30. 30. Future Clinical Trials • UK MRC: monoclonal Ab against PrPc in symptomatic prion disease (date TBD)
  32. 32. Goals
  33. 33. Intervals of Care I. Pre-clinical/Presentation Phase II. Diagnostic Phase III. Caring Phase
  34. 34. Preclinical/Presentation Phase • Initial interactions with primary medical doctor • At risk individuals should identify “physician champions” Kranitz FJ & Simpson DM. CNS Neurol Disord Drug Targets 2009
  35. 35. Diagnosis Phase • Discuss process with patient and family • Don’t forget about present needs • Refer to organizations and clinicians familiar with the illness • Discharge planning (before discharge) • Must establish a “key worker” Douglas M, Patients with nvCJD and their families 1999
  36. 36. Caring Phase • Frequent reassessment/symptomatic treatment • Limit visits to few individuals of short durations • Assess caregiver requirements • Hospice/Respite care
  37. 37. Symptomatic Treatment Symptom Suggested Treatment Psychosis/Agitation Low potency neuroleptics (e.g., quetiapine) Myoclonus/Hyperstartle Long acting benzodiazepines (e.g., diazepam) Anticonvulsants (e.g., valproic acid) Seizures Anticonvulsants Dystonia/Contractures Passive movement Long acting benzodiazepines, Botulinum toxin injections Constipation Bowel regimen (e.g., dulcolax) Dysphagia/Rumination Thickener, cueing Behavioral/Environmental changes first Start low and go slow Re-evaluate frequently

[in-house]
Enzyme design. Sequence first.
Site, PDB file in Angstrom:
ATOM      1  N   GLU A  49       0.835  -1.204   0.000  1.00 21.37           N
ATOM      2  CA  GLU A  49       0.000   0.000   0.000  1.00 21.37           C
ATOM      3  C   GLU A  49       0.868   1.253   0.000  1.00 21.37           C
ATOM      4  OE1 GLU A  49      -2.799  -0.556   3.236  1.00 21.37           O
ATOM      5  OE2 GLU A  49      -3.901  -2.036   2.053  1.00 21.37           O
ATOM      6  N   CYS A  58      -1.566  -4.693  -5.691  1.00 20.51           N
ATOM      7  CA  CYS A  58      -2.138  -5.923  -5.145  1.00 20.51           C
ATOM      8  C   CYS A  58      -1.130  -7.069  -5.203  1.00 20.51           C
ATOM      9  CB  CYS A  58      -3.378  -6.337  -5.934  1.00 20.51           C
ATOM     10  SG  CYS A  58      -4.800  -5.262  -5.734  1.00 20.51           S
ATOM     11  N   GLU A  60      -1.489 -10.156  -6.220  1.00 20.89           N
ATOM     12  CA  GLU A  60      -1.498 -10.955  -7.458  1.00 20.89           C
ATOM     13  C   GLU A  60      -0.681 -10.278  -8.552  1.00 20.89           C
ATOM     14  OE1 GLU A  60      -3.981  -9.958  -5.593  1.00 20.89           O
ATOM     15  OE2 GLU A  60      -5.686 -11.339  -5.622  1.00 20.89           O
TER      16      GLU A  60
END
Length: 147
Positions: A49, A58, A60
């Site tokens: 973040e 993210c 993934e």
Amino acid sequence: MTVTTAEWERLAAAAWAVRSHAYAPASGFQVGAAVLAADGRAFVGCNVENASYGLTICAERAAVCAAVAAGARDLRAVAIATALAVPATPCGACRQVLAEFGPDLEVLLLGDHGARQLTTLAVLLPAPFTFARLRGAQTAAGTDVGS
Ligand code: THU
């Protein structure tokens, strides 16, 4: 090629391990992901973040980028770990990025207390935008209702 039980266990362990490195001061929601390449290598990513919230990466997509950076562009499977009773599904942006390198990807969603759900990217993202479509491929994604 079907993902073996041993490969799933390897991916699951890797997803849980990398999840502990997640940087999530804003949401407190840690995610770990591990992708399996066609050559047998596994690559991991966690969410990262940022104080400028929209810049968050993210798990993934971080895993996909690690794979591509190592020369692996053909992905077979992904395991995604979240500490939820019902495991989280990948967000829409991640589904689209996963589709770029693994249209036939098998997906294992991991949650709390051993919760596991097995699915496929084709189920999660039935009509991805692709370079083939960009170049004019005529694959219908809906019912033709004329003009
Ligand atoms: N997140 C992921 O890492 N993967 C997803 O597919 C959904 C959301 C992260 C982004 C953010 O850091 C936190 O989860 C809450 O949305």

38. 38. Afterwards • Arrange requested post-mortems prior to death ( • Frequent check-ins with family/caregivers • If postmortem performed, communicate results (in person if possible) • Encourage contact as needed
  39. 39. Risk Assessment
  40. 40. Routine Clinical Care • Standard Precautions Only • No need for gowns, masks, isolation, etc. • Consider the family
  41. 41. Surgery/Equipment • WHO. WHO consultation on TSE in relation to biological and pharmaceutical products. Geneva, Switzerland; 2003 • WHO. WHO guidelines on tissue infectivity distribution in TSE. Geneva, Switzerland; 2005 • Transfusion Medicine Epidemiological Review (TMER) (
  42. 42. Resources CDC, Monthly CJD Support Group through Cleveland Alz Assoc and CJD Foundation Myself:
  43. 43. Current Studies • Blood and urine bioassay study with FDA • Factors affecting initial diagnoses of prion disease • Art therapy in prion disease • Future study looking at non-invasive diagnostic test using RT-QuIC (detects actual prion protein, very specific to diagnosis)
  44. 44. Case #1 • • • • 57 y.o. AAM professional, h/o 3 TBI’s Some short term memory problems x 3 months More distractible, still working full time MMSE=24/30 (-1 calculation, -3 orientation, -2 recall) • mild left upper extremity dysmetria
  45. 45. Case #2 • 61 y.o. WF from St. Maarten’s Island with a history of alcohol abuse • 2 mo. h/o ataxia, apathy, myoclonus, and cognitive impairment • Vitamin B12=249, folate=8.6, MCV=98
  46. 46. Exam General: Vacant look, utilization behavior Speech: Dysarthric, apraxic, latent Thought Content: Appeared to be responding to visual hallucinations MMSE: 12/30 Motor: Mild rigidity UE (L>R), myoclonus Gait: Ataxic, requires 2 person assist, dysmetria (L>R)
  47. 47. Brain MRI (DWI)
  48. 48. Summary • Diagnosing CJD can be difficult and frustrating • Getting a proper diagnosis and managing the care of a patient with CJD is stressful, but very doable, and extremely rewarding • Care and management of patients with prion disease is supportive and entails several disease specific interventions
  49. 49. Thank You • Patients and families • CJD Foundation • National Prion Disease Pathology Surveillance Center • CJD Support Group Network (Australia) • UH-CMC Brain Health and Memory Center • Staff at Foley Eldercare Center • Dr. Paul Brown, Florence Kranitz, Deana Simpson